Q - My house plants are on the ground outdoors in the shade of a Norway maple. When I watered them today I noticed one had an earthworm in the pot. Will it do any harm?
A - An earthworm in the soil of a potted plant can become a nuisance. It usually leaves a portion of its sticky coat wherever it goes and this tends to cause soil particles to stick together and become a mass impervious to water. It may also stop up the drainage hole, preventing the escape of excess water. You may be able to get rid of it by standing the pot in a sink full of water for about 5 minutes, causing the worm to come to the surface.
Q - My garden faces north and gets very little sun. Because of poor soil and lack of sun, I have been unsuccessful in growing any type of grasses. The moss is beautiful and thick in some parts of the yard. I would like to have the entire area covered with moss, is there a seed to plant, or do you just apply a special type fertilizer or chemical?
A - There are more than 13,000 different mosses of which three or four dozen are common on most areas. They are adapted to a wide range of varying conditions, such as low fertility, too much shade, soil compaction, poor drainage, poor ari circulation, or a combination of these factors. Acid soil may be responsible for moss growth.
Transplanting moss is not difficult. The big problem is in matching the environment where you put it to that from which it was taken. Mosses have no roots and are very sensitive to changes in conditions.
Some require an acid soil while other prefer neutral or slightly alkaline soil. Before trying to transplant, it is best to make some soil tests, using an inexpensive soil testing kit. In other words, try to find a moss that will grow in your particular environment or see if you can change your environment to its liking. Forest mosses may not survive if given increased direct sunlight.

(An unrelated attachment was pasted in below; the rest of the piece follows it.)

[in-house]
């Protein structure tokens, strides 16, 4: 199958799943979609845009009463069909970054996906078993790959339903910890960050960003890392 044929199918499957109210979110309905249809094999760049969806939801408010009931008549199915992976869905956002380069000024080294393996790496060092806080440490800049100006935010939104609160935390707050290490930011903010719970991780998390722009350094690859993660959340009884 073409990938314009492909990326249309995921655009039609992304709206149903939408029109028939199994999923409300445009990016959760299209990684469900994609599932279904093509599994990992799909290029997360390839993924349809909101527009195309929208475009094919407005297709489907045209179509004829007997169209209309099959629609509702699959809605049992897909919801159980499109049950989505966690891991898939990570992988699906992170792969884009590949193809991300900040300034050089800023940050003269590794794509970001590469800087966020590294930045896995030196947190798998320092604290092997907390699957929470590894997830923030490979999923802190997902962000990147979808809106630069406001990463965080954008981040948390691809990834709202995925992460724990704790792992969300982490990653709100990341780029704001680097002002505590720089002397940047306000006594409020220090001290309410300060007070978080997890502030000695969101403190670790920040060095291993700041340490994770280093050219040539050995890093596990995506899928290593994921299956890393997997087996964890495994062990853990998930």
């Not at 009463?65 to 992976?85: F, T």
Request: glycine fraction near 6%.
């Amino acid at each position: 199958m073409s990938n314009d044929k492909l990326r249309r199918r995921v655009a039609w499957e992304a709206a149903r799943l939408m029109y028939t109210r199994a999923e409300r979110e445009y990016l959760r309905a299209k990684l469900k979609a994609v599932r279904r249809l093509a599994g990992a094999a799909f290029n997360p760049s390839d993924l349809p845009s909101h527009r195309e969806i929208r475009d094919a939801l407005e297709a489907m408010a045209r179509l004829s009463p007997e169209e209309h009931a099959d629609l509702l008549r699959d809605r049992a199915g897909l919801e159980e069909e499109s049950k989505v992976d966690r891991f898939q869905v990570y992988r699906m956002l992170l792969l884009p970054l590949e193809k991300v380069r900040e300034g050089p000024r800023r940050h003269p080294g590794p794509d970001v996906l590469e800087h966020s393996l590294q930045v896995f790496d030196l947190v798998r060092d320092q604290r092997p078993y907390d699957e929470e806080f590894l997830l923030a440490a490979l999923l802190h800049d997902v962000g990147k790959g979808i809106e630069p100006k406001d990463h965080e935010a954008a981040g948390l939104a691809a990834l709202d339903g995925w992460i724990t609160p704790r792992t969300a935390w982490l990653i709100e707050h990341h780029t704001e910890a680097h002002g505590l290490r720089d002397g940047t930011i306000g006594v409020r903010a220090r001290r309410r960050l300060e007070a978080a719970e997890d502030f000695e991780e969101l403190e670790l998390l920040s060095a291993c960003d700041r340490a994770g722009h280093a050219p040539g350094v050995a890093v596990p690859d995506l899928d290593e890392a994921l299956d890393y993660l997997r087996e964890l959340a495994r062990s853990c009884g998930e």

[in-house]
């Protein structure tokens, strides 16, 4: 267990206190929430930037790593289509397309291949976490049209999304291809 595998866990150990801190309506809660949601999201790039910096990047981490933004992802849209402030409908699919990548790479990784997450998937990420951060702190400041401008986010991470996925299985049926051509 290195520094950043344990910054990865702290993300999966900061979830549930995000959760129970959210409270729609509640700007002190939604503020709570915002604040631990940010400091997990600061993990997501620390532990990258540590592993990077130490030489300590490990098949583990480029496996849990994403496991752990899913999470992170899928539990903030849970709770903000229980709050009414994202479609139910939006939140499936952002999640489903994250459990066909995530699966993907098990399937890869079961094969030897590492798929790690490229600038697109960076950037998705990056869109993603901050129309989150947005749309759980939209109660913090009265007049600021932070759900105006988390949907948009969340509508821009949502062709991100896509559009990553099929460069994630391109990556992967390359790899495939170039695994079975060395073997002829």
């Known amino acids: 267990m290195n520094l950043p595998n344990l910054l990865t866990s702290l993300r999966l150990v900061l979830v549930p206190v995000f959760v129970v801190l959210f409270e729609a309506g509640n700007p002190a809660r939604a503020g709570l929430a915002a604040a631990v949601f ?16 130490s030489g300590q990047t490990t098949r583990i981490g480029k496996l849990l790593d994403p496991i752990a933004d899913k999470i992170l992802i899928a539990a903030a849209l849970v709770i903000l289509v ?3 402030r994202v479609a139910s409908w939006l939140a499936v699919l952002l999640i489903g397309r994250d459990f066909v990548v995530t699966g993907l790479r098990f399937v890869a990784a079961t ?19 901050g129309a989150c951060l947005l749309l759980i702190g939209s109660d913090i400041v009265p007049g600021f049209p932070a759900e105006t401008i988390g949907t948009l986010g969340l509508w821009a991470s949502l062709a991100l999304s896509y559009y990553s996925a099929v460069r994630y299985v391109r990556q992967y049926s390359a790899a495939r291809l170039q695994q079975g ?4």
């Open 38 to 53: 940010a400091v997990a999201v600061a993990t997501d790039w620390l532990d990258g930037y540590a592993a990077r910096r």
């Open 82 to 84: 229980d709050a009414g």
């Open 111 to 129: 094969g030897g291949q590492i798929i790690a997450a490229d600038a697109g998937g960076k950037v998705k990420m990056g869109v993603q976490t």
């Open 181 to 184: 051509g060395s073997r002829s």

Unlike wild flowers, mosses may be transplanted from the wild into the garden without danger of eradicating them. The moss mat will grow back in a year or two.
Q - Does Moses-in-a-Boat ever bloom?
A - Yes, botanically the plant is Thoeo discolor, and little white flowers appear in the leaf bases or boatshaped bracts, but it needs very good light to bloom. Filtered sunlight is best.
Q - My parents have two rather large miniature split-leaf red maples. Can you tell me how to take cutting from them and root them?
A - The best method probably is to go to a nursery and buy your Japanese maple. To try to propagate your own is not likely to succeed without considerable knowhow.Cutting taken in May and early June may root under intermittent mist, they may even root in a greenhouse without mist but the prospects are dim.
Q - We plan to move in Mid-August and want to take our boxwood with us. Can they be transplanted then?
A - By midsummer English boxwood is an easy to move as it is in spring or fall, but it needs to be done carefully.
Q - How best do we go about growing apple trees from fresh seeds?
A - Seed taken from fruit in the fall after ripening can be planted immediately. Otherwise, they must be stratified (kept at a temperature between 37 and 41 degrees for 60 days), and planted in the spring.
Apple trees can be grown from seed but chances are the fruit will be worthless, small and sour, at least inferior, and it takes about 15 years for the tree to produce its first fruit. An apple tree propagated from cutting or by layering will produce excatly the same kind of fruit as the tree from which they came.
Most apple trees used for fruit production today are grafted or budded onto different root stocks.
A cutting from an immature apple tree can be rooted rather easily and it will be similar to the tree from which it was taken.